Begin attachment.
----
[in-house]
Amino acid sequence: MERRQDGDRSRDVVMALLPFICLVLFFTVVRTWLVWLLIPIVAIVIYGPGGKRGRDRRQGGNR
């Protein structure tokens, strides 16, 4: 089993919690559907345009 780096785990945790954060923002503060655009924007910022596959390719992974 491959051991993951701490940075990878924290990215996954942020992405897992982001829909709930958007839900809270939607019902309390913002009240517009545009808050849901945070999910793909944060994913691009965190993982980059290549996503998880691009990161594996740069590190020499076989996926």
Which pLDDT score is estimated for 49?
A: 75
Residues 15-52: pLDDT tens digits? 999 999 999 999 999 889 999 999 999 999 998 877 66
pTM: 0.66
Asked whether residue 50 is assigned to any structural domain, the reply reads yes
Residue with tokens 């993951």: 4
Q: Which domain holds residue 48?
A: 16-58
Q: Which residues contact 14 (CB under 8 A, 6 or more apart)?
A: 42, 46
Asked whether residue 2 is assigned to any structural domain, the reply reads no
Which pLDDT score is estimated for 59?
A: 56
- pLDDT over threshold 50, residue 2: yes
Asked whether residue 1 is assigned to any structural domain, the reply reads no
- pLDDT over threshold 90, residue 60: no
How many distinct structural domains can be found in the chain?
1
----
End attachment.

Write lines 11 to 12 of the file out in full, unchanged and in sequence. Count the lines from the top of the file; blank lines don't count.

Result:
A: 16-58
Q: Which residues contact 14 (CB under 8 A, 6 or more apart)?